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Murdoch May Trump Other Bidders and Walk Off With MGM


Although PolyGram and Morgan Creek Productions appear to be in a dead heat to acquire the venerable Metro-Goldwyn-Mayer studio as the final bidding draws to a close, News Corp. media mogul Rupert Murdoch should not yet be counted out.

"Rupert is the only wild card and he's a pretty powerful wild card," said one person involved in the sale. "He could trump everybody."

Another source who knows Murdoch concurred: "I certainly wouldn't be surprised to wake up and learn that Rupert bought MGM--particularly given the results of 'Independence Day,' " the current box-office hit released by the News Corp.-owned Twentieth Century Fox studio. "It reminds him of the upside of the movie business."

Murdoch, one of a few serious remaining bidders, has coveted MGM since making a run for the studio seven years ago. And he needs the 1,559-title library now more than ever, to fulfill his ambitious plans of covering all reaches of the globe with satellite television services.

"It would be of great value at the right price for an end user like us," said David Evans, who oversees the six satellite TV operations of News Corp.

Although Murdoch has owned one of Hollywood's major studios, Fox, since 1985, he could use even more product for a bevy of new channels. In the last several months, News Corp. has announced plans to launch satellite services with scores of channels in Germany, the U.S. and Japan. These will complement its successful BSkyB services in Britain, its StarTV network in Asia and one in Latin America.

In addition, he could use MGM's films on Fox's fX cable channel, on the TV network and on his cable channels in Australia.

Back in 1989, Murdoch thought he was the new owner of MGM, until the studio was sold to a higher bidder, Italian financier Giancarlo Parretti. Murdoch is said to have had a handshake deal with then-MGM owner Kirk Kerkorian with a bid of a hefty $1.35 billion.

He is thought to have bid about $1 billion in cash this time around, at the bottom of a bidding range that originally extended to about $1.3 billion.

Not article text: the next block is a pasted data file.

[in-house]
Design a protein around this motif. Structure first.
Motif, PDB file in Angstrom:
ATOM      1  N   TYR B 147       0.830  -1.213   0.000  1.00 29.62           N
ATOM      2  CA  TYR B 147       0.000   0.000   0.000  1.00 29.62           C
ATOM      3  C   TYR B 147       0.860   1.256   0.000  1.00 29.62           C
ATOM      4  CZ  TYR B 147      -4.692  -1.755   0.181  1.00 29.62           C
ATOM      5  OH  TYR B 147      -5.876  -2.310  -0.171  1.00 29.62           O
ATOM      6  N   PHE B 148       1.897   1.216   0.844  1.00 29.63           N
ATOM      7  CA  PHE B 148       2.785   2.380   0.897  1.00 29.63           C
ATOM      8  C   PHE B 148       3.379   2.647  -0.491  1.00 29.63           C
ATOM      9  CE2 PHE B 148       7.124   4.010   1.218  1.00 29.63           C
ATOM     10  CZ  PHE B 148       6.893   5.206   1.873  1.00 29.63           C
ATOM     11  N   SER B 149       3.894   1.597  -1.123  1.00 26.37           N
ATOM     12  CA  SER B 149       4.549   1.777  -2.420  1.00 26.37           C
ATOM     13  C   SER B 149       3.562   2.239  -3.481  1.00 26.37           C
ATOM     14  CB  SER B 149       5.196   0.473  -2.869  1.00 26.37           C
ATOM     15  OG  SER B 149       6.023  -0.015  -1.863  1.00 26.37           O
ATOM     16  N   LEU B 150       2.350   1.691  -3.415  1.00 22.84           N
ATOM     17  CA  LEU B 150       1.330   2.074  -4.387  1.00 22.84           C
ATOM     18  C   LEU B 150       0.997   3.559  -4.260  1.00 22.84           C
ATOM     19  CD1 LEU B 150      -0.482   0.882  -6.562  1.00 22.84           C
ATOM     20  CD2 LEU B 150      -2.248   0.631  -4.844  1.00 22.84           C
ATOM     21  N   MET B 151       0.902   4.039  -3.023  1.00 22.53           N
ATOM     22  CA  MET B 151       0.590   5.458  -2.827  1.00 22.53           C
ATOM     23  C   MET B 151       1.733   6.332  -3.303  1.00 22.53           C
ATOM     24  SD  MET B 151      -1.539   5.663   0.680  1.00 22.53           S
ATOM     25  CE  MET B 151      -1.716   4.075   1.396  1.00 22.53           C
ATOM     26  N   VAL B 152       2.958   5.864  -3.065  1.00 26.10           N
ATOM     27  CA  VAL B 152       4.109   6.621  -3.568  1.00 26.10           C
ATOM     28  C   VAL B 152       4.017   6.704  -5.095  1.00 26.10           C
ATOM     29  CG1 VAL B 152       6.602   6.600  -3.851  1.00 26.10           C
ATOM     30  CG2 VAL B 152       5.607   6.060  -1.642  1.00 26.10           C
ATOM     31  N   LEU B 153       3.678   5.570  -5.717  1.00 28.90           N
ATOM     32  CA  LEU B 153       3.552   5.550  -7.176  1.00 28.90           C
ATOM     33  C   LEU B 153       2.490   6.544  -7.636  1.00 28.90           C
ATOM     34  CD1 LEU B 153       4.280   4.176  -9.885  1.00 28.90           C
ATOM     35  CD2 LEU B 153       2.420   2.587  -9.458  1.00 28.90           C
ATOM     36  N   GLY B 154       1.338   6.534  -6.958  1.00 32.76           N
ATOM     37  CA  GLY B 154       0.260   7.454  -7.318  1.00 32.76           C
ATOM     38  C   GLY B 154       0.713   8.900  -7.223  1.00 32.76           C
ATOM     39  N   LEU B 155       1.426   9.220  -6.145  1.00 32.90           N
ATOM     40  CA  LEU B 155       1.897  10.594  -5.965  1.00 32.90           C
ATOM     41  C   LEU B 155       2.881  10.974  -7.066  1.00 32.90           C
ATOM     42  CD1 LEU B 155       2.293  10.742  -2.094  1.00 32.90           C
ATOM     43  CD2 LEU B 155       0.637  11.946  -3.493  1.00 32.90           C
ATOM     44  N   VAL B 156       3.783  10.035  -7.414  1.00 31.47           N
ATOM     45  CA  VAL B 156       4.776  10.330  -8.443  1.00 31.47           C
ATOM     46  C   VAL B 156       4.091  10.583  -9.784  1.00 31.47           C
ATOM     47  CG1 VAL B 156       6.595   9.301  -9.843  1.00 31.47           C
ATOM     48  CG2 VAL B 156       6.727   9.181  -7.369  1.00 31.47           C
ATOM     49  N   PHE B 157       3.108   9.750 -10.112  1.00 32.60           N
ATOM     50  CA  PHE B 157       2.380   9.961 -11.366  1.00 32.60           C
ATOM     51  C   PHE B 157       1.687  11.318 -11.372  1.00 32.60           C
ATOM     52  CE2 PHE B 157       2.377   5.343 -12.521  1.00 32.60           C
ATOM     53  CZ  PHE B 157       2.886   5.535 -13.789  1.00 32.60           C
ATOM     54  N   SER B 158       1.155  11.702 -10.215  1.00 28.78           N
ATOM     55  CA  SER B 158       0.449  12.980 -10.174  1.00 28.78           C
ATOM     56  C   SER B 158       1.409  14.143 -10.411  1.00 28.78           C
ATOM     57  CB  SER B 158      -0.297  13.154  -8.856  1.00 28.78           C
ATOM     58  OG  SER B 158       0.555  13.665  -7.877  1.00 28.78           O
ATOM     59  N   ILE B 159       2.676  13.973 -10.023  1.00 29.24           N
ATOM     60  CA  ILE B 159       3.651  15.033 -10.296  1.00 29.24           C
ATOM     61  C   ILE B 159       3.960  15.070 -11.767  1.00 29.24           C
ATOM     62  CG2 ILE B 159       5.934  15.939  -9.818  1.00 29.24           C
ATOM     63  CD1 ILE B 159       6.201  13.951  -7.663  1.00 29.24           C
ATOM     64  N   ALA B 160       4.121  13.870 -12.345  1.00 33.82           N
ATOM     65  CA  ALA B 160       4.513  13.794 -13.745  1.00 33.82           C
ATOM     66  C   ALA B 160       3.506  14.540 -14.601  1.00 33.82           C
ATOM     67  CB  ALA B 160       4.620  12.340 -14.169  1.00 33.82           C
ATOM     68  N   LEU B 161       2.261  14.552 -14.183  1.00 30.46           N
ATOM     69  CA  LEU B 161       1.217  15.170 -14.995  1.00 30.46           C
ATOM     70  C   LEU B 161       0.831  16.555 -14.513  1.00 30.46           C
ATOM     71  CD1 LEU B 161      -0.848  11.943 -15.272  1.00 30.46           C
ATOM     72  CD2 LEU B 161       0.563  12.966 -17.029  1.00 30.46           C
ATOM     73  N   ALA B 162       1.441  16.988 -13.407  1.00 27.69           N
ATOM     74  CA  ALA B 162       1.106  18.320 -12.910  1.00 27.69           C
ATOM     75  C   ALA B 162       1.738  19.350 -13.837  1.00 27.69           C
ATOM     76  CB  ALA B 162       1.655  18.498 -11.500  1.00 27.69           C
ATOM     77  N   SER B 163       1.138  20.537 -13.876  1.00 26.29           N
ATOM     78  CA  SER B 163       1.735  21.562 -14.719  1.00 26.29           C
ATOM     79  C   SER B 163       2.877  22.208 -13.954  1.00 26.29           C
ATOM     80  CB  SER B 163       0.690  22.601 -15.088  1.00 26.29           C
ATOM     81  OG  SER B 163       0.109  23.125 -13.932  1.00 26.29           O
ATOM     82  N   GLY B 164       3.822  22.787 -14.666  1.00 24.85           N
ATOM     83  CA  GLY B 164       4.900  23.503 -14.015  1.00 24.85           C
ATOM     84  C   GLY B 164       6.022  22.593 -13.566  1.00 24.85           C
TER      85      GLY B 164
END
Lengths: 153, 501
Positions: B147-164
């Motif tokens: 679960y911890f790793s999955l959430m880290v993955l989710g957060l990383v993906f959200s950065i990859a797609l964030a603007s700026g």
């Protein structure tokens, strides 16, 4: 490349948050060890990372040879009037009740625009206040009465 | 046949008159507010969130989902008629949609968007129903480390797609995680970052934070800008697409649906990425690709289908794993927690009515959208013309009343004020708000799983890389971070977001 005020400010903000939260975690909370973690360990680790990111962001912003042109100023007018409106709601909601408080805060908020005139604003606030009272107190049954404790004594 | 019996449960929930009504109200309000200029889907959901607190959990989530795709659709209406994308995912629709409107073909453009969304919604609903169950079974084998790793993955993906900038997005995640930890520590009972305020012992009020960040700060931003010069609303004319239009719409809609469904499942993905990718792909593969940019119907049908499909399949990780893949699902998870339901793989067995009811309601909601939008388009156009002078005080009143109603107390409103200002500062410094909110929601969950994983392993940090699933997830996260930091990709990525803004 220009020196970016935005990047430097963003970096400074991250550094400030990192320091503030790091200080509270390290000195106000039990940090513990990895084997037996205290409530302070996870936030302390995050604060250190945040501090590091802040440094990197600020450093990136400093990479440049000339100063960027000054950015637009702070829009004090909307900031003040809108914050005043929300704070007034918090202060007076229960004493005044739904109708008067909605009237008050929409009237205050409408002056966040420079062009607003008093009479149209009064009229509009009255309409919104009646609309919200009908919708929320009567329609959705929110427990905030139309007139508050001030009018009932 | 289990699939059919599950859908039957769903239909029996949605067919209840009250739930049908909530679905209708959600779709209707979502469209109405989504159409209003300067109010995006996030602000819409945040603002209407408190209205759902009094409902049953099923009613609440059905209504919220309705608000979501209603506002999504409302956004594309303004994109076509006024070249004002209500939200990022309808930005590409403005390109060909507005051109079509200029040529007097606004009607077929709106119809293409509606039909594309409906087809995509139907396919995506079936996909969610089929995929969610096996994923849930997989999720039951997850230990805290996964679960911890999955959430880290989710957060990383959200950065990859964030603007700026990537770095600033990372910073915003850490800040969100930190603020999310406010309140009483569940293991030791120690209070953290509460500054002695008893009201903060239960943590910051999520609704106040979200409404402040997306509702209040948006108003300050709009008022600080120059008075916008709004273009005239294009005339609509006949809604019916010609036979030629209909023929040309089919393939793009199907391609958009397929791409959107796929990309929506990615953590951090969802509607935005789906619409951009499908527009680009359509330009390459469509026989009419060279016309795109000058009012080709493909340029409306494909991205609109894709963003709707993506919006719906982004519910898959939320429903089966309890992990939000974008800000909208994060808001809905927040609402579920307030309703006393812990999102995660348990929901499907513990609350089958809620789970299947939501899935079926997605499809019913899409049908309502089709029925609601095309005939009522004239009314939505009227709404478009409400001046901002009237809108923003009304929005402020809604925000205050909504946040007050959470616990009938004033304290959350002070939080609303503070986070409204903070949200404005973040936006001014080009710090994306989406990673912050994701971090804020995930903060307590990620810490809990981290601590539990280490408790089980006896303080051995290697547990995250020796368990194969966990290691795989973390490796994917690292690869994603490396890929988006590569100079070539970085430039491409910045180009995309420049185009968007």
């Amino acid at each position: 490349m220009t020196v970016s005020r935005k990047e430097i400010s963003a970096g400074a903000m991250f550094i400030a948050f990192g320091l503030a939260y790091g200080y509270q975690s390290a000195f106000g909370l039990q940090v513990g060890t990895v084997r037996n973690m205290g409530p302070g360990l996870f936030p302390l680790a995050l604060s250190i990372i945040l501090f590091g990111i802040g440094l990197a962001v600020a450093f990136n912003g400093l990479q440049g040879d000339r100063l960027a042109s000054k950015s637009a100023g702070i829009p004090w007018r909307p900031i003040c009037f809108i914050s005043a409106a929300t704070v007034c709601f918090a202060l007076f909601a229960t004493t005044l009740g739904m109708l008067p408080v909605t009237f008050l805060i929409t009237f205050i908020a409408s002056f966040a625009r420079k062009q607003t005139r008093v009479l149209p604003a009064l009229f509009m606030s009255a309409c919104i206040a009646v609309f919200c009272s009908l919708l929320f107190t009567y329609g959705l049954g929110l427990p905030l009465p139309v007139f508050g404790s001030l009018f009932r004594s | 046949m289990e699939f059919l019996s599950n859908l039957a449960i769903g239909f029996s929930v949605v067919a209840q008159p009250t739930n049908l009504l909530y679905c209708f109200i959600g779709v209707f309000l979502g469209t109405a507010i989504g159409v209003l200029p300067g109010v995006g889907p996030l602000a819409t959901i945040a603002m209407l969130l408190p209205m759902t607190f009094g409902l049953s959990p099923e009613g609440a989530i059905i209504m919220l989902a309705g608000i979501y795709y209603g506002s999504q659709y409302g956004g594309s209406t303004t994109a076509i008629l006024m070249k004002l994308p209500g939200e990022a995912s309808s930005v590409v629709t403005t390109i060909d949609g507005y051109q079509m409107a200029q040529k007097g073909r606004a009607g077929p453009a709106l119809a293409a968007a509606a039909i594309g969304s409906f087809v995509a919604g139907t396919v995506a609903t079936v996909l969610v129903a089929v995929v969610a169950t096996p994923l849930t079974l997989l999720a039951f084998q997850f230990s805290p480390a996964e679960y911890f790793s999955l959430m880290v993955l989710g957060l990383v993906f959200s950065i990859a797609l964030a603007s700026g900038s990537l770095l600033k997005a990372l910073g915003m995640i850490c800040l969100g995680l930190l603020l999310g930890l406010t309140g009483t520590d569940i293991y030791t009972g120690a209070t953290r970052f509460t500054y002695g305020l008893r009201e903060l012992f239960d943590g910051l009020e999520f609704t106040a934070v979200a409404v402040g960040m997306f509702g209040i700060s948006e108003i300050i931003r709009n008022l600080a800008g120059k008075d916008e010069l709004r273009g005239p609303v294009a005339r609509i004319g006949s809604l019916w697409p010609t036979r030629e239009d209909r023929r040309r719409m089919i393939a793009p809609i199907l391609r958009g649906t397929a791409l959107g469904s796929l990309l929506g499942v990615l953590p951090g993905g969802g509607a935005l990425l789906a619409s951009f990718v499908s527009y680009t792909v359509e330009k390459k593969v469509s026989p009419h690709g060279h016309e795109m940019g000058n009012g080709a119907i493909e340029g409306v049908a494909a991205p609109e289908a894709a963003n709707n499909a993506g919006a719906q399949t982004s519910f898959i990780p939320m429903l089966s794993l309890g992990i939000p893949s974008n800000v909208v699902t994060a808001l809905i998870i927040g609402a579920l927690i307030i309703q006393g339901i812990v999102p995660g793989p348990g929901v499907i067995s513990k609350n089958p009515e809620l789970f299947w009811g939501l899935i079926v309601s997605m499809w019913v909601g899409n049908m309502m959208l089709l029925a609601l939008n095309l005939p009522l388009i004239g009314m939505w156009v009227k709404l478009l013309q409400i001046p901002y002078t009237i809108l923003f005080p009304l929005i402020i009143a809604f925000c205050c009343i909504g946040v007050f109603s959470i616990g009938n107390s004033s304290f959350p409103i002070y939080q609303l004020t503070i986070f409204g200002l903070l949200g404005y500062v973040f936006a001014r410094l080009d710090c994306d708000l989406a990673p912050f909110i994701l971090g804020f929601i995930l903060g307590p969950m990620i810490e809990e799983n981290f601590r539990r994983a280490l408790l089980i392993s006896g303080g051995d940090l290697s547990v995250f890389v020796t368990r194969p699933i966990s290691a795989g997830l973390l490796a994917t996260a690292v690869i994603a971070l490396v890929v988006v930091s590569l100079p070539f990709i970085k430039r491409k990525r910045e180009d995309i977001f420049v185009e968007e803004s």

What Murdoch and other bidders covet is MGM's post-1986 library and its United Artists catalog, which includes 17 James Bond movies, five "Rockys" and eight "Pink Panthers" as well as "Annie Hall" and "Raging Bull," plus several thousand hours of television programming.

The value of the existing library has been tarnished because Parretti, to raise cash, sold off rights to home video distribution to all MGM/UA films through the year 2003. The arrangement is a further deterrent to would-be buyers because it could be interpreted to mean the new owner of MGM might be forced to distribute its own home video product through the same MGM distributor: Warner Bros.

Warner management has told MGM bidders that it plans to enforce that agreement.

This has been a thorny issue for News Corp. and PolyGram. It gives an edge to Morgan Creek and another bidder, New Regency Productions, which already distributes through Warner Bros.

News Corp. and PolyGram have reportedly asked for indemnification from that contract, meaning that if a court ultimately decides that Warner has the right to distribute the new owner's movies, MGM seller Consortium de Realisation, an affiliate of French state bank Credit Lyonnais, would be financially responsible for compensating the buyer at an agreed-upon value of those rights.

Whereas PolyGram could use MGM's distribution and production capabilities to bolster its smaller-scale operation, News Corp. presumably would shut down the studio and just exploit the library. The question is: at what price?

It is unclear whether Murdoch--or any other bidders--upped bids by 2:00 EDT Thursday, the new deadline imposed by investment banker Lazard Freres & Co. (which is handling the sale for CDR). Bids were originally due June 24, though PolyGram submitted days later after getting board approval from its Dutch parent, Philips. Some sources said Lazard, which had originally expected to get more than $2 billion for MGM, set the new deadline in hopes of getting a higher price, although the time frame may have been modified in part to give everyone an equal chance to adjust his or her final bid.

A source close to the situation said there were "meaningful improvements" made on select bids and that Lazard expects to move forward as quickly as possible to complete a transaction. The investment bank could begin exclusive talks with the favored bidder as early as today and a deal could be concluded within a couple of weeks.

It's believed that Morgan Creek worked into the wee hours of the morning to modify its bid.

PolyGram, long considered the front-runner for MGM, may have built some flexibility into its original bid of between $1.2 billion and $1.3 billion in anticipation of another round of bidding, suggested a source close to the company.

Another source involved in the sale said New Regency was sticking to its original take-it-or-leave-it bid of slightly more than $1 billion and never intended to revise upward.

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